Top 10: When the Boro was state capital

The Murfreesboro Post, October 19, 2008 From 1819 to 1826 Murfreesboro was state capitol of Tennessee. During that time span, few other towns exceeded its importance. While some of those important moments are nearly forgotten, some of them still remain significant from a historic point of view. It is important…

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Rosenwald Schools

October 16, 2008 Rosenwald Schools “Between 1912 and 1932, the Rosenwald school building program constructed over five thousand new learning environments for African American school children in fifteen southern states, including fourteen in Rutherford County.  The program was funded by Sears, Roebuck and Company president Julius Rosenwald and Booker T.…

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Top 10 riotous acts of Rutherford County

Michelle Willard, The Murfreesboro Post, October 26, 2008 Inspired by the upcoming holiday, The Murfreesboro Post decided to take a closer look at the darker side of human nature. We researched the Top 10 (11, because it’s what we do) crimes and punishment in our county’s 205 years of existence.…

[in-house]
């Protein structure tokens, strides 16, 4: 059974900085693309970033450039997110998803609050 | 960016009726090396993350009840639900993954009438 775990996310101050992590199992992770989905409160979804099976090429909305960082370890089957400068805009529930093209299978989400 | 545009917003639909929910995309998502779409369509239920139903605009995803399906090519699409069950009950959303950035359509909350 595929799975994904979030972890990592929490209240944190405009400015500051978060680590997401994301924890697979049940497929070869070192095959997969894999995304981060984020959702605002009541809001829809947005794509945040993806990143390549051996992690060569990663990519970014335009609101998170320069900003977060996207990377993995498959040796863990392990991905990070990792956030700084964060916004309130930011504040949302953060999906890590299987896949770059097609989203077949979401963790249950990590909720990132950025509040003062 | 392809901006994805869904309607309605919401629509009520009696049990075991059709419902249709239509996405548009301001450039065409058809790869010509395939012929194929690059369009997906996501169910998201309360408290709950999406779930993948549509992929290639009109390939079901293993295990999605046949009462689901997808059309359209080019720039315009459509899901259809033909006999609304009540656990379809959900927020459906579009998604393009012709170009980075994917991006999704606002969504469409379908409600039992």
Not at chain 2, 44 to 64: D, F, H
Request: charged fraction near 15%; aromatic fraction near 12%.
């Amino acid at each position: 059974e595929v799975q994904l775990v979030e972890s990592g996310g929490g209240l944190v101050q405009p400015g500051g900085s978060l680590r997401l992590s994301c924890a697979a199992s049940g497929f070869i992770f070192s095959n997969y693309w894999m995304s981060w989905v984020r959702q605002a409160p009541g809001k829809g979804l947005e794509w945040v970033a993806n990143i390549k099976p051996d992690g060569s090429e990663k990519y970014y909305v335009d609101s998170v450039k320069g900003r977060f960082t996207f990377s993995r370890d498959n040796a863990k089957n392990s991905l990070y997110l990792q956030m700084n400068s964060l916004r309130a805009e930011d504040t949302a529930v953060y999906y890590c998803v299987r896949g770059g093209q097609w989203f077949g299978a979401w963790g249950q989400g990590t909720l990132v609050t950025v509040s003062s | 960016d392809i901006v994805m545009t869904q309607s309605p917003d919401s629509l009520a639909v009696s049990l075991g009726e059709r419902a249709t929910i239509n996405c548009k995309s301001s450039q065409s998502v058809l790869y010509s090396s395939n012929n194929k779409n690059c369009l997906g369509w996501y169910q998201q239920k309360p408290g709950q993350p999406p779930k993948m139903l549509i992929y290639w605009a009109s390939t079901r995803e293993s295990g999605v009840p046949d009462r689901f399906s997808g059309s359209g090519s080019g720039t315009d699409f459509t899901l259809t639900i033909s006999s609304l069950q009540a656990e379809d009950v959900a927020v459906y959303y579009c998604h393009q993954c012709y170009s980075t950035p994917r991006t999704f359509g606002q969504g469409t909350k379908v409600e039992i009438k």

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The Legend of the Human Fly … Resolved

Mike West, The Murfreesboro Post, September 14, 2008 One of Murfreesboro’s best-known stories involves “The Human Fly” who met his untimely end scaling the historic Courthouse. One of the best retellings of the all-too-true story is on the Chamber of Commerce’s Web site. In 1923, a young man in his…

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County gears up for its 205th birthday

Michelle Willard, The Murfreesboro Post, September 8, 2008 Living history events planned for October As Rutherford County prepares to celebrate its 205th birthday in October, the Heritage Partnership of Rutherford County gears up for 2008 Rutherford County Month. “Rutherford County Month is a working example of how we can create…

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Historic marker to honor Congressman James Richardson

The Murfreesboro Post, August 31, 2008 A new Tennessee Historic Commission Marker will be placed in remembrance and honor of the unique life of a Rutherford County leader and statesman, James Daniel Richardson, 1843-1914. A ceremony dedicating the marker will occur at 4:30 p.m. Sunday, Sept.14 at the corner of…

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Rare Civil War spur found at Harding House site

As published in the Murfreesboro Post, Mike West , Managing Editor, July 21, 2008 Sweltering temperatures, pesky bugs and blisters brought on by combating the hard battlefield soil weren’t enough to discourage volunteers who, for the second weekend in a row, braved the 94-degree heat to participate in the Harding…

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Battle destroyed Giles Harding’s dream of grandeur